05/14/2014 03:02 EDT | Updated 07/14/2014 05:59 EDT

Revenue Canada may soon be able to share taxpayer info without warrant

Canadians might soon have another reason to fear the taxman.

The federal government is introducing changes to the Income Tax Act that would allow Canada Revenue Agency officials to voluntarily hand over taxpayer information to police if they have reason to believe such information is evidence of a crime.

The disclosures wouldn't require a warrant or court approval. The taxpayers whose information is disclosed wouldn't even have to be notified. 

Canada's interim privacy commissioner Chantal Bernier is expected to address the changes to federal tax law at an appearance before the House of Commons finance committee Wednesday afternoon. 

The proposed amendments, which are tucked away in the government's hefty 375-page omnibus budget bill, also significantly expand the scope of offences through which CRA officials could justify disclosing information.

As the Income Tax Act currently stands, officials are not allowed to disclose any information unless there's a criminal investigation underway or any serious circumstances with possible danger of death. In other words, only in rare situations.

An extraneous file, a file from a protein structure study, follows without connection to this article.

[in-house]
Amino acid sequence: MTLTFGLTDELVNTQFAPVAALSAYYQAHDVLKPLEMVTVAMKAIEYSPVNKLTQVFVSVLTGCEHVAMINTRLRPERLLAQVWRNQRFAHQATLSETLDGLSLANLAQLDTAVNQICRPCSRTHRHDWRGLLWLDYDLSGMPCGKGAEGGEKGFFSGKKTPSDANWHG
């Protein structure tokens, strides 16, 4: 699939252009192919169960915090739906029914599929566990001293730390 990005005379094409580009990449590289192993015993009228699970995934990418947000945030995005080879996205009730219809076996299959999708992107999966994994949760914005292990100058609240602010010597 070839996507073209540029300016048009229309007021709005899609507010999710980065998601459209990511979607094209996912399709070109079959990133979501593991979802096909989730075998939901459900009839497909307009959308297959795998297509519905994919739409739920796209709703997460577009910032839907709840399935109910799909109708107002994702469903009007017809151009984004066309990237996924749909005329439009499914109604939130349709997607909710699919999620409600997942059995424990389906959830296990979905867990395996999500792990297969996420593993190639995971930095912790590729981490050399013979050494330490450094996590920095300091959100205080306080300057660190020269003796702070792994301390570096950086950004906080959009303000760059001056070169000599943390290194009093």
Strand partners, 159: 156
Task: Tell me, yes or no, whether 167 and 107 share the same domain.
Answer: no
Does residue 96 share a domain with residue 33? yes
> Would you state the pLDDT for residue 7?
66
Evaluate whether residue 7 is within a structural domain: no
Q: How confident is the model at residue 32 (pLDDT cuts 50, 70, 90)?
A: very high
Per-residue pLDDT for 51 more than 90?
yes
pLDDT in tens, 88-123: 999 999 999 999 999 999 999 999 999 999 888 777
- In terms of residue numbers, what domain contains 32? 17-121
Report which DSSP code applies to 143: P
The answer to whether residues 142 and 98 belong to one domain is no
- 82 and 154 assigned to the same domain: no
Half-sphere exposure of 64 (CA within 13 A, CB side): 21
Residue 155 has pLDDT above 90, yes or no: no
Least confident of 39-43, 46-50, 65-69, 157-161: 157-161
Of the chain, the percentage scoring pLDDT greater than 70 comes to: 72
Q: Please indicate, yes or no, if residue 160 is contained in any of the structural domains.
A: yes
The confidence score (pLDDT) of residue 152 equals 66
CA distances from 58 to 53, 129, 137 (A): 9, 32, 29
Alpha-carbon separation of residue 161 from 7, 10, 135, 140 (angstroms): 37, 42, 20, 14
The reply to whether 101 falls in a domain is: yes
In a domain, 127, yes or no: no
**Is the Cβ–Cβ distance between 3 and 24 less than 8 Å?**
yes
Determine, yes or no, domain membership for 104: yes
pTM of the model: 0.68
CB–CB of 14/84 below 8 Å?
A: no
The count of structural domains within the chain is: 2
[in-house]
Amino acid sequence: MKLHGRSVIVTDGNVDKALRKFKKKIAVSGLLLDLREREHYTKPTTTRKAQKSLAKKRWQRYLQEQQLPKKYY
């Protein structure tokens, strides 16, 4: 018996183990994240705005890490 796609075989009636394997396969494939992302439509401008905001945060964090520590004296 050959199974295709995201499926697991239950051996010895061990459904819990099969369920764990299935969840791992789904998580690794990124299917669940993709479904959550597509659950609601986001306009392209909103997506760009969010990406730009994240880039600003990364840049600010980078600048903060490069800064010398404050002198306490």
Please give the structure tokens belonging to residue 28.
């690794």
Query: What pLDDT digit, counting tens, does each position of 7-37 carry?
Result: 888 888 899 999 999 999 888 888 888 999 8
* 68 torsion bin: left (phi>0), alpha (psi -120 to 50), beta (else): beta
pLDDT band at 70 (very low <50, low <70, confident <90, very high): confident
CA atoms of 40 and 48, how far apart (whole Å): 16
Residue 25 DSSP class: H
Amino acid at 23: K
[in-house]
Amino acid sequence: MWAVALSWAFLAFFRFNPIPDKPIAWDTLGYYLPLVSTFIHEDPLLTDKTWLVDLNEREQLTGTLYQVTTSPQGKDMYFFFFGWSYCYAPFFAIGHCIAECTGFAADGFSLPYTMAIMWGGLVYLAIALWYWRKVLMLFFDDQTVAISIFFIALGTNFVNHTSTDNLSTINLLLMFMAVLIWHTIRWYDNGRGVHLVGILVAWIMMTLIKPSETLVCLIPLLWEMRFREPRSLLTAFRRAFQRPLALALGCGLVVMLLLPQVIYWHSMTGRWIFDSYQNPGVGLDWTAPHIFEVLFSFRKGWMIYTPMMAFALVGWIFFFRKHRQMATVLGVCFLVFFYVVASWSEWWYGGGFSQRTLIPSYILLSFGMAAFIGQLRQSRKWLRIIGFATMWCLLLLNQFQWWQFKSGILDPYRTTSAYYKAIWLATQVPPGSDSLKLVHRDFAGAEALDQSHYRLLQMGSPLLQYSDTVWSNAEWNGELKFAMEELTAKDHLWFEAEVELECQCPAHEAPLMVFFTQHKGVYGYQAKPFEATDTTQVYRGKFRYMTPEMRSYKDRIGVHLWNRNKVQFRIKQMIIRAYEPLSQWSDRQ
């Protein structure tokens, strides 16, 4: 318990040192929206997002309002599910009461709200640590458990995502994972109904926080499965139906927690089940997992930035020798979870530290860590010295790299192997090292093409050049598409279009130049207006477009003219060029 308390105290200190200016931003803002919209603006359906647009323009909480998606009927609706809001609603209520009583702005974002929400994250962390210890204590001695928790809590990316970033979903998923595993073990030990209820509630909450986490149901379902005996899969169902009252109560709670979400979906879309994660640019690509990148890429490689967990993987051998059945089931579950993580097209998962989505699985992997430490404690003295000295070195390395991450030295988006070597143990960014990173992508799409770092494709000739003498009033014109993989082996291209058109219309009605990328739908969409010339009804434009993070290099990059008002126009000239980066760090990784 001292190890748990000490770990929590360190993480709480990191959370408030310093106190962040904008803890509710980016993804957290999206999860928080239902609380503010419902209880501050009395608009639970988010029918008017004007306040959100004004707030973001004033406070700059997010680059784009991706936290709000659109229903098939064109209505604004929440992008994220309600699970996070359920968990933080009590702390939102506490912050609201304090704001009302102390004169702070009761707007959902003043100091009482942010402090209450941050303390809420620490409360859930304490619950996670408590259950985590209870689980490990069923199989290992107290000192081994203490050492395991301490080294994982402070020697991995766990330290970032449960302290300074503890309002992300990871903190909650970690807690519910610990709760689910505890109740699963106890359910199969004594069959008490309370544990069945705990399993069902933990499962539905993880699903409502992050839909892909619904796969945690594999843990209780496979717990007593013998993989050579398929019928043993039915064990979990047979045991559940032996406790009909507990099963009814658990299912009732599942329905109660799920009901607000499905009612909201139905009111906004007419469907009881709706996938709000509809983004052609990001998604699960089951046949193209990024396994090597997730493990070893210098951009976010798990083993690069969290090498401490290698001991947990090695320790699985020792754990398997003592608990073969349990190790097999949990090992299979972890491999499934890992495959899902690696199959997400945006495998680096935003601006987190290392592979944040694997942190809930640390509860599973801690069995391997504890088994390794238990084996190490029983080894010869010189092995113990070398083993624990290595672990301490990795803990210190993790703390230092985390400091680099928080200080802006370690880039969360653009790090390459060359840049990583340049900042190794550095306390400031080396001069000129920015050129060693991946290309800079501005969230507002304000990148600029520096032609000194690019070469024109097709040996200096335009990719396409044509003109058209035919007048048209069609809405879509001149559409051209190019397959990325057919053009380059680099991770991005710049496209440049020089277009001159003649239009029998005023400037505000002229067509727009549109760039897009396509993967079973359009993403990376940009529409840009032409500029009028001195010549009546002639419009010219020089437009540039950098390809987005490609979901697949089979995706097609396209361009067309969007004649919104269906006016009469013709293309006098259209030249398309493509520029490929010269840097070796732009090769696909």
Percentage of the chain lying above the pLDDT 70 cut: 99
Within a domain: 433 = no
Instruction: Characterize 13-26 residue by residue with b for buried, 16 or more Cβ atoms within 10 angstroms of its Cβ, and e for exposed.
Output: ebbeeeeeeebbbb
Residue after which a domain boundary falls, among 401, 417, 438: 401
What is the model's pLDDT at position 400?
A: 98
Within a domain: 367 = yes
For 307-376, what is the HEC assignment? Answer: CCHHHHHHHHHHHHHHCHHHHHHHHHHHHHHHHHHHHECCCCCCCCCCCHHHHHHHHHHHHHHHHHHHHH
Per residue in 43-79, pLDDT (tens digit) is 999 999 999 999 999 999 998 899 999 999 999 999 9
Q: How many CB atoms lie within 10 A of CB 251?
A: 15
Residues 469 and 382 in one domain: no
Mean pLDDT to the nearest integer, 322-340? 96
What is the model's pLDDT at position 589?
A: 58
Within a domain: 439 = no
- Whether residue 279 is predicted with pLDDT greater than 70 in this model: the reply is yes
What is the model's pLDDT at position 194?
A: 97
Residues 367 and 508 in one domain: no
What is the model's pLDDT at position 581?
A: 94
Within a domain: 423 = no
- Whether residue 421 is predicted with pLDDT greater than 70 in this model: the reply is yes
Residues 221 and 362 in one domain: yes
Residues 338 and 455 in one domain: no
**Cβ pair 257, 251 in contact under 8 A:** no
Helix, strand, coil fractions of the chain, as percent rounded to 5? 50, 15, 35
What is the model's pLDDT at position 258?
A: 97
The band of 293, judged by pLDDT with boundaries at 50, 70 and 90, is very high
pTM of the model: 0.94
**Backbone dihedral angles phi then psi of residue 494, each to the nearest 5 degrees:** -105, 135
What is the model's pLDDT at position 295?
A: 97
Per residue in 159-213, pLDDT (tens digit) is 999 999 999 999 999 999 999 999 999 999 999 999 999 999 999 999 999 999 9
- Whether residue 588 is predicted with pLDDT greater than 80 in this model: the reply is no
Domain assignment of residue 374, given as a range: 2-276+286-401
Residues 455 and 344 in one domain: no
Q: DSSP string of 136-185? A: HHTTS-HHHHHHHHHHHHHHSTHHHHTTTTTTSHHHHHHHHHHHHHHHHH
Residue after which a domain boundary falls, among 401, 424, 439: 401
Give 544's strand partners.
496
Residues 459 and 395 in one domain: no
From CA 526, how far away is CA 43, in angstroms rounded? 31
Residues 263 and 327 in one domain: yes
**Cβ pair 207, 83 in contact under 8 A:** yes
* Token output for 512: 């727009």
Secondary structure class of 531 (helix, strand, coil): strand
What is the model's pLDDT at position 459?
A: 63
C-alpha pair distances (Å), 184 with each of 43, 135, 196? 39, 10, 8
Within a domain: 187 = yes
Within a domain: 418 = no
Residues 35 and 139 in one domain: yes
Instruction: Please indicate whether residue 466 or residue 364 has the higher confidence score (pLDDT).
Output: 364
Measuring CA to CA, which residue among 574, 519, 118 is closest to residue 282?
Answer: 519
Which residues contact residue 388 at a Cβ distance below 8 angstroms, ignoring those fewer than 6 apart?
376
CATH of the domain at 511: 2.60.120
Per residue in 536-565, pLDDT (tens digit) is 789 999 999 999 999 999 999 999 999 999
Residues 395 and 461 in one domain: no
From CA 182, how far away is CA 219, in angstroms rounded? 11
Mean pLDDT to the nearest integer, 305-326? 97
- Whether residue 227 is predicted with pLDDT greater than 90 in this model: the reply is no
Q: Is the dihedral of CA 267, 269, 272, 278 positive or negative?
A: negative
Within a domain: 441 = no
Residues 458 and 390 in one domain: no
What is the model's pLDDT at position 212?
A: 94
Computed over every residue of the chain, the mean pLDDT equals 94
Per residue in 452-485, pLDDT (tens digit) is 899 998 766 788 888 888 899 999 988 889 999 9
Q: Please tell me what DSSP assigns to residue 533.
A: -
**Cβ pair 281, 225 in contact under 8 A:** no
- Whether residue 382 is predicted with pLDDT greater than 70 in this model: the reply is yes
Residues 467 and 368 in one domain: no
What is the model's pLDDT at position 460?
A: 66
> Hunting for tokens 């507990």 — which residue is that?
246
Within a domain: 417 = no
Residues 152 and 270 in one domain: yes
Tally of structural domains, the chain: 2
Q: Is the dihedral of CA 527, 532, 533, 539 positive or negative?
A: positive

But under the government's intended changes, auditors can provide police with information if they believe it's evidence of crimes ranging anywhere from bribing public officials to motor vehicle theft to monetarily benefiting from acts of arson.

Allison Christians, an associate professor at McGill University in Montreal who specializes in tax law, said this is further evidence of an "erosion of confidentiality — of privacy in general — from this administration."

"It is certainly the case that taxpayer confidentiality has been a sacred trust, because we want and expect and need taxpayers to voluntarily comply with the tax system," she said in an interview with CBC News.

Without assurances of privacy, Christians said, that compliance is at risk.

The federal government's budget bill passed the stage of second reading in the House of Commons and is now at the finance committee for further study.